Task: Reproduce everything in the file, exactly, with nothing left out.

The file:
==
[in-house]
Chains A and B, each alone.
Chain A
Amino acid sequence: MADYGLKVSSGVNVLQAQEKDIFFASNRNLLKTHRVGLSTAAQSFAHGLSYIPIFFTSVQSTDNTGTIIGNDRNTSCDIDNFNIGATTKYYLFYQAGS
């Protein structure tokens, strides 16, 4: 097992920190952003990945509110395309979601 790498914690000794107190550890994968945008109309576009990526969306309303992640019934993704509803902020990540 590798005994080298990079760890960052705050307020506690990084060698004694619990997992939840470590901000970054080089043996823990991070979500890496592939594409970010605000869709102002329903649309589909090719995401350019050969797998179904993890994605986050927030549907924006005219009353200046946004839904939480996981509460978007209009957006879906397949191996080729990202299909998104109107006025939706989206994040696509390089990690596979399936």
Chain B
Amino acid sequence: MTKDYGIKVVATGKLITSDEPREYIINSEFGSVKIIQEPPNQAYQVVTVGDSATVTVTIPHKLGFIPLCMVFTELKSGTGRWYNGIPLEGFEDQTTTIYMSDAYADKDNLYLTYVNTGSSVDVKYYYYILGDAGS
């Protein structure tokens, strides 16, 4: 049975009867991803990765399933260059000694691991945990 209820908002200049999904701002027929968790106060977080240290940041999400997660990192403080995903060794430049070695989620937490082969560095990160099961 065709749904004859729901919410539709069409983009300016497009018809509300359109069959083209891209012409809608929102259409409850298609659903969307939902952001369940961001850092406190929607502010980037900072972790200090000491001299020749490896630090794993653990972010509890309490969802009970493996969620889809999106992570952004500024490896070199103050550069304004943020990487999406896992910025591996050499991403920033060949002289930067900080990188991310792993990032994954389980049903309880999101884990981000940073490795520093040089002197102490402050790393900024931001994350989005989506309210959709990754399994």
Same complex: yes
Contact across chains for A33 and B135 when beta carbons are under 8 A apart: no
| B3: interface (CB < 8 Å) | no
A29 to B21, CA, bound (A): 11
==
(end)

[in-house]
Chains A and B, each alone.
Chain A
Amino acid sequence: MADYGLKVSSGVNVLQAQEKDIFFASNRNLLKTHRVGLSTAAQSFAHGLSYIPIFFTSVQSTDNTGTIIGNDRNTSCDIDNFNIGATTKYYLFYQAGS
């Protein structure tokens, strides 16, 4: 097992920190952003990945509110395309979601 790498914690000794107190550890994968945008109309576009990526969306309303992640019934993704509803902020990540 590798005994080298990079760890960052705050307020506690990084060698004694619990997992939840470590901000970054080089043996823990991070979500890496592939594409970010605000869709102002329903649309589909090719995401350019050969797998179904993890994605986050927030549907924006005219009353200046946004839904939480996981509460978007209009957006879906397949191996080729990202299909998104109107006025939706989206994040696509390089990690596979399936």
Chain B
Amino acid sequence: MTKDYGIKVVATGKLITSDEPREYIINSEFGSVKIIQEPPNQAYQVVTVGDSATVTVTIPHKLGFIPLCMVFTELKSGTGRWYNGIPLEGFEDQTTTIYMSDAYADKDNLYLTYVNTGSSVDVKYYYYILGDAGS
């Protein structure tokens, strides 16, 4: 049975009867991803990765399933260059000694691991945990 209820908002200049999904701002027929968790106060977080240290940041999400997660990192403080995903060794430049070695989620937490082969560095990160099961 065709749904004859729901919410539709069409983009300016497009018809509300359109069959083209891209012409809608929102259409409850298609659903969307939902952001369940961001850092406190929607502010980037900072972790200090000491001299020749490896630090794993653990972010509890309490969802009970493996969620889809999106992570952004500024490896070199103050550069304004943020990487999406896992910025591996050499991403920033060949002289930067900080990188991310792993990032994954389980049903309880999101884990981000940073490795520093040089002197102490402050790393900024931001994350989005989506309210959709990754399994």
Same complex: yes
Contact across chains for A33 and B135 when beta carbons are under 8 A apart: no
| B3: interface (CB < 8 Å) | no
A29 to B21, CA, bound (A): 11